So how does the story end. SFTS referred me to a supported housing association, and that is where I am now. I started my treatment there with the enormous help of a cancer support charity, and SFTS gave an open invitation to join them for evening meals as a former guest. Four years on and through a programme of radiotherapy and hormone treatment, I am clear of prostate cancer. Of course, the NHS check me over every six months and will do for the next four years. I am fit, healthy, and now looking to move onwards. Most importantly I am here to tell the story. A story that ends well.
I was married for 20 years – it was quite a violent relationship and for the last 7 years my partner suffered from mental health issues. It wasn’t till I ended up in hospital with a broken jaw and fractured ribs that I realised it didn’t have to be like this. The hospital put me up in a hotel, but when that closed down, I was placed near to where my ex-partner lived. Wherever I managed to find a bed, it didn’t take long for him to find me.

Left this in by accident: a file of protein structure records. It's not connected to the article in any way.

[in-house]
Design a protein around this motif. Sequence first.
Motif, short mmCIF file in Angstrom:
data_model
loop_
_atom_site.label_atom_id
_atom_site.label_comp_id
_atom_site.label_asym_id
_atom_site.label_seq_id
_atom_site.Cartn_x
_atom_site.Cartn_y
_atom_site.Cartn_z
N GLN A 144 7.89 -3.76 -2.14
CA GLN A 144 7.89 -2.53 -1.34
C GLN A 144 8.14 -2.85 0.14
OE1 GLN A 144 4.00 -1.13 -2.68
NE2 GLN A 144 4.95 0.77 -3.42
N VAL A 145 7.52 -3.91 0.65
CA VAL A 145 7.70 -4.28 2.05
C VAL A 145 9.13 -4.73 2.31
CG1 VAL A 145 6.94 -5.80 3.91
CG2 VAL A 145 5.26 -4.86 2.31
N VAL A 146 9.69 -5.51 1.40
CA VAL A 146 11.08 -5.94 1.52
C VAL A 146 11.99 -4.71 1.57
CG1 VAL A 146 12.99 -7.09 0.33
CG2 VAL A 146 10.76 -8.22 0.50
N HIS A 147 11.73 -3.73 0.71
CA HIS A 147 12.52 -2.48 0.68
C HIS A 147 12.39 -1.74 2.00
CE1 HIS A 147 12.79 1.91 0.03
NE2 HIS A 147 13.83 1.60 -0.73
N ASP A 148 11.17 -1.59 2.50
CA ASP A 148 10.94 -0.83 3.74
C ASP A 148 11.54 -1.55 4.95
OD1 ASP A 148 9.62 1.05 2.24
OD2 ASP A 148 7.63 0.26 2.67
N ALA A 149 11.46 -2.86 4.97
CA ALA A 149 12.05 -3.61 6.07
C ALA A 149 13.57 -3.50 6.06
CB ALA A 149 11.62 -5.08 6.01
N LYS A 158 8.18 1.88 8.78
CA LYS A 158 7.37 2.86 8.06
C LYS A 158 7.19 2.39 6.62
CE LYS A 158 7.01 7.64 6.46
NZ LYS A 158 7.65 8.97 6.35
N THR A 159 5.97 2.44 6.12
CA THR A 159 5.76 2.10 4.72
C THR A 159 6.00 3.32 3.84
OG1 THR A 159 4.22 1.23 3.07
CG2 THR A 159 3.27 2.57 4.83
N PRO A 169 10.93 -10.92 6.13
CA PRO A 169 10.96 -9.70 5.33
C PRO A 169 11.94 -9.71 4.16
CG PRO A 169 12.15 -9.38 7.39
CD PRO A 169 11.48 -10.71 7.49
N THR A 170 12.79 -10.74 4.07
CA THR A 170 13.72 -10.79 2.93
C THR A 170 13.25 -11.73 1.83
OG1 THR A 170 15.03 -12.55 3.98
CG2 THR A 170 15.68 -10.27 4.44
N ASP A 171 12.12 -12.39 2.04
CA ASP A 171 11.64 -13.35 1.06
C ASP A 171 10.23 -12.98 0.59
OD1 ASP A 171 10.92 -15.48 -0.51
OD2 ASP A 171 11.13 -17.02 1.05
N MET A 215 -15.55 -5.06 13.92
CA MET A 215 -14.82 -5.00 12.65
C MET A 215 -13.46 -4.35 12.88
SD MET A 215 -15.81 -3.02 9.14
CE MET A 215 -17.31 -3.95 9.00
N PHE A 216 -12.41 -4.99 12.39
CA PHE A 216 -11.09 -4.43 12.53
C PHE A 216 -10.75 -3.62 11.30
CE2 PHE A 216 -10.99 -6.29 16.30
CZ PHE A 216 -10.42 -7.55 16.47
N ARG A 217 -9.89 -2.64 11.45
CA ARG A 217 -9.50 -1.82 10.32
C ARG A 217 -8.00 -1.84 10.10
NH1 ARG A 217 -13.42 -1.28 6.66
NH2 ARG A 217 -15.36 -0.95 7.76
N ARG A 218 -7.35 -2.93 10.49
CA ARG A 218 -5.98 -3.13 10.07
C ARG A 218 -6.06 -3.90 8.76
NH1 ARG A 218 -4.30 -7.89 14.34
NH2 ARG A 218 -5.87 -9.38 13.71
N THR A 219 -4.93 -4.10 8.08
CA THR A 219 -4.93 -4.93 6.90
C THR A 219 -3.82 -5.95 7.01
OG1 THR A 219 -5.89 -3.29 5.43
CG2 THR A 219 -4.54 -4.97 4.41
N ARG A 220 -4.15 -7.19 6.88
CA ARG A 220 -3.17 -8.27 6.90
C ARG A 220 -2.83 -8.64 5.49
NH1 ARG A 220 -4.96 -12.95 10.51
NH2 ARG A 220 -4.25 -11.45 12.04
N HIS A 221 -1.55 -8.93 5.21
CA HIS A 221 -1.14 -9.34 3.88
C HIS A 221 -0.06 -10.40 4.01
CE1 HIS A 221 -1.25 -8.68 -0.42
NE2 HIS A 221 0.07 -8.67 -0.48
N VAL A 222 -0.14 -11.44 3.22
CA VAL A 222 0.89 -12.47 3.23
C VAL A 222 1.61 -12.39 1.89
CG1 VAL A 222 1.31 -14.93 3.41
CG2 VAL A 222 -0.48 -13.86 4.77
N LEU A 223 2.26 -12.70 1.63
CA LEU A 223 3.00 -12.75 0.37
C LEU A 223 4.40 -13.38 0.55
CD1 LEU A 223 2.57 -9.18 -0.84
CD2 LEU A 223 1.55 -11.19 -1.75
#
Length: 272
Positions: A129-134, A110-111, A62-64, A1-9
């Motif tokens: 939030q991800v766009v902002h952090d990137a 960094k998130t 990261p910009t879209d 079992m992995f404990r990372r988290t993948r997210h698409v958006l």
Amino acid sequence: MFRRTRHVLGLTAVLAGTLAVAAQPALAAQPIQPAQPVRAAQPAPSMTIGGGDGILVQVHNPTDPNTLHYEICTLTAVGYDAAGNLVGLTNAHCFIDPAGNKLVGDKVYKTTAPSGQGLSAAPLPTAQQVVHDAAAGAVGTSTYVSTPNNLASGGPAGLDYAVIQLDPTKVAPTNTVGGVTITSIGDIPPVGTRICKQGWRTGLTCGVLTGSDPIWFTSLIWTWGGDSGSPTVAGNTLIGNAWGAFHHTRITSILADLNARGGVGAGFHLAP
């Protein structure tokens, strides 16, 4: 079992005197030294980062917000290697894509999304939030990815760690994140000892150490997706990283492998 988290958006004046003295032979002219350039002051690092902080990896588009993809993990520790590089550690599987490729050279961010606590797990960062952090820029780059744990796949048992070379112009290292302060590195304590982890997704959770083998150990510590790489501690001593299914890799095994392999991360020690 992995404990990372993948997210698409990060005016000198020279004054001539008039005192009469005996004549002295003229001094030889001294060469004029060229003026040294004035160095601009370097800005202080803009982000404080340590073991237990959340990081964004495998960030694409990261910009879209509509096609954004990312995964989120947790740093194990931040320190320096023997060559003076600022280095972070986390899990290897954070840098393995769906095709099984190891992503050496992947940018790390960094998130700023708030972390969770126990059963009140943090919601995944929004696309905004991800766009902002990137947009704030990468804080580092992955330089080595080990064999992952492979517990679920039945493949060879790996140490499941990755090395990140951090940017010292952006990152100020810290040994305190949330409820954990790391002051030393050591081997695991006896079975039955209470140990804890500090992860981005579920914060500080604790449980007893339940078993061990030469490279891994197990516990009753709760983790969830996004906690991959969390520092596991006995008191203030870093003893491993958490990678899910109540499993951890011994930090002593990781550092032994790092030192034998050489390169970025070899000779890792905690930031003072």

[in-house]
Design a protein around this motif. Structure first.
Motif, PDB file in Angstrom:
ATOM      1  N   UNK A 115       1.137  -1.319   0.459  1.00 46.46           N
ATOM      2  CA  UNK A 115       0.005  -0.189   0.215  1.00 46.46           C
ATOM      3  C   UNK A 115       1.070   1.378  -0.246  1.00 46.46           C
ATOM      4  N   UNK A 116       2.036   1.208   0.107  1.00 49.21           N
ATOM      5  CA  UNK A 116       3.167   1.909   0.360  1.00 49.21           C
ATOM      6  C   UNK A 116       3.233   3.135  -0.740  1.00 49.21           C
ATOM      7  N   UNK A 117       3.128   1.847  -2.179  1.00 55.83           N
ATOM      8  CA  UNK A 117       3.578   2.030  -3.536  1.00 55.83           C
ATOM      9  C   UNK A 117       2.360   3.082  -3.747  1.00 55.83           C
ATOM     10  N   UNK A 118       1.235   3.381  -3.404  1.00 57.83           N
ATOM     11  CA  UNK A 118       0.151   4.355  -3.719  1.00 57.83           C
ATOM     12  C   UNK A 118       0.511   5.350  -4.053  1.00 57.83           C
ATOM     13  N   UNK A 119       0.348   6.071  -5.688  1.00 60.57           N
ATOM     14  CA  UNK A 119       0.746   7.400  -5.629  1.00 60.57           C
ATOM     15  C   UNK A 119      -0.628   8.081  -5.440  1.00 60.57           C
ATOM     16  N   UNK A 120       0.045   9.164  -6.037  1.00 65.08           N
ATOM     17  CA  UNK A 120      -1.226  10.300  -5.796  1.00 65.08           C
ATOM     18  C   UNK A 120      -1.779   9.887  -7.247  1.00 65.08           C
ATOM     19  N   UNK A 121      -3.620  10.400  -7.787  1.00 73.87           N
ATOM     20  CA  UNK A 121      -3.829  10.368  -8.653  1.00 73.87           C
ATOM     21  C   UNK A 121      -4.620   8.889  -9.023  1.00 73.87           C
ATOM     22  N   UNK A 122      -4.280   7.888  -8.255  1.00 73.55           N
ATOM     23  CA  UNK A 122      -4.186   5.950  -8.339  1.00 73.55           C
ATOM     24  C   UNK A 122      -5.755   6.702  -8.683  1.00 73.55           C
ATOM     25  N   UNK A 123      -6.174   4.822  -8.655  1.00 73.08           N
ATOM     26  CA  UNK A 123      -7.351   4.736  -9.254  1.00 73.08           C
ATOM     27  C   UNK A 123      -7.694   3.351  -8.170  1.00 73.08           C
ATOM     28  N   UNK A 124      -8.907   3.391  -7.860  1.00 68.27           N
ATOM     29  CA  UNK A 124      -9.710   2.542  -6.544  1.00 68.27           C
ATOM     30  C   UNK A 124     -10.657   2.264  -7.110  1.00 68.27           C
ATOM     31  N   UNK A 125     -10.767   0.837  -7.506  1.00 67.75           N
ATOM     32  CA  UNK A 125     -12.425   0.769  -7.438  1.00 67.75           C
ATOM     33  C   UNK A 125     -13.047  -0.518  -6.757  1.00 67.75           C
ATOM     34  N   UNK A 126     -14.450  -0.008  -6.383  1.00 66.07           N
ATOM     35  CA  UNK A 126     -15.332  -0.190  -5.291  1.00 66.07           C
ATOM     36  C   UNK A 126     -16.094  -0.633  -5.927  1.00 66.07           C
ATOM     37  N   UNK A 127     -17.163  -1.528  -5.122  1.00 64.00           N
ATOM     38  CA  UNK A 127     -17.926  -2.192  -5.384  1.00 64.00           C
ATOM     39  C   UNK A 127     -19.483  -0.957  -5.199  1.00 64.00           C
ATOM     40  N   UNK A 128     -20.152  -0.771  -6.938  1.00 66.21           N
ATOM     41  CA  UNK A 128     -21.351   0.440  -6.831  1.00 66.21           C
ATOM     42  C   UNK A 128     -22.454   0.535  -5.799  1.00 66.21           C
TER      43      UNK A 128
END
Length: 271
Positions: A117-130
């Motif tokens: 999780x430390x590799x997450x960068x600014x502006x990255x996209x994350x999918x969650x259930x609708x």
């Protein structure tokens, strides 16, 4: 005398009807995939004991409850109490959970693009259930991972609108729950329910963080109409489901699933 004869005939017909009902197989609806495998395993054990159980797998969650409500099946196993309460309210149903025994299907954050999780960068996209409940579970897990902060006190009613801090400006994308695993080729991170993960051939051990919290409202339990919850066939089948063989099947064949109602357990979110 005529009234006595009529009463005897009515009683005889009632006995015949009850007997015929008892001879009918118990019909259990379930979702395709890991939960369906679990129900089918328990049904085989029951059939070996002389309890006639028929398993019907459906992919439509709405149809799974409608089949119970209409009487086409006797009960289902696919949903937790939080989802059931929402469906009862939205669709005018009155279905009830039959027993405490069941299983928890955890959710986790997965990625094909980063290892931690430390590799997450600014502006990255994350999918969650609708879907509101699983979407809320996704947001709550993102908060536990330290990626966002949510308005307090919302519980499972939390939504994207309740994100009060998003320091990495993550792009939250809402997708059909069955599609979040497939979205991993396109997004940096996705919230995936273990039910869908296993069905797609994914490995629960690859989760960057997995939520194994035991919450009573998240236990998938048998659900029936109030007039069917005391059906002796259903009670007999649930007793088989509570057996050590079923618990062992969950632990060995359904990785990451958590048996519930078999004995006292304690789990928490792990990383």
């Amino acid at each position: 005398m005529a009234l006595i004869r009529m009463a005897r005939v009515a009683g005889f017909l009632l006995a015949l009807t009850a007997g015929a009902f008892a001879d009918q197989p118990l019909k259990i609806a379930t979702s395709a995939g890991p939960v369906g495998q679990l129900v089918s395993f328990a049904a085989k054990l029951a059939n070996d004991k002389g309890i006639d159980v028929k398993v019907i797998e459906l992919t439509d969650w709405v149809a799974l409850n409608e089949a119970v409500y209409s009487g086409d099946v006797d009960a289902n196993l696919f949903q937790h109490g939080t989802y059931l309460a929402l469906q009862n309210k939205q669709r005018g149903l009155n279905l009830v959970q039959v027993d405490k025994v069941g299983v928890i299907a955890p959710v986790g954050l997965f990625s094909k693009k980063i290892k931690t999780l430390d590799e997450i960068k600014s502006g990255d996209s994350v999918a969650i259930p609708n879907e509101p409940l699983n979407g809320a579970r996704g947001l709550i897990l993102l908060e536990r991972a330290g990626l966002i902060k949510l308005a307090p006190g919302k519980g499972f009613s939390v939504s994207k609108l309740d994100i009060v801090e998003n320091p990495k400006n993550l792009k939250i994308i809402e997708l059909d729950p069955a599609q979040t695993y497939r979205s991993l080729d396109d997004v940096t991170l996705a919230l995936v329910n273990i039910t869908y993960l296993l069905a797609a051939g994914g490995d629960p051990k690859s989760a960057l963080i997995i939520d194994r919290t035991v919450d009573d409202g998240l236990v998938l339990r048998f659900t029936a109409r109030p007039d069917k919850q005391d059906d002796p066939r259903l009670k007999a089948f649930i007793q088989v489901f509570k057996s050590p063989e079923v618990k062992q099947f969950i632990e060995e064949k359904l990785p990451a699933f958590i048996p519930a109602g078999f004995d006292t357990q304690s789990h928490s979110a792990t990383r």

People wonder why someone in my position doesn’t just leave, but they don’t understand how strong the emotional control is. He told me I couldn’t exist without him and I believed him – it seems extraordinary now! I’ve been away for a year now and it still feels unreal.
I had been sofa surfing all over the place till I got a referral to the Shelter and they offered me a bed.
Now I’m safe, I feel I can breathe again. I’m getting a lot of support from the staff and the other guests. The team are helping me to get permanent housing somewhere away from my ex.
I feel like I’ve been living under a rock for so many years and I’ve finally come up for air. I’m looking at going back to my studies in Health and Social Care Management. My dream is to be a Social Worker – I think I have a better understanding of the issues people suffer and I believe I can really make a difference.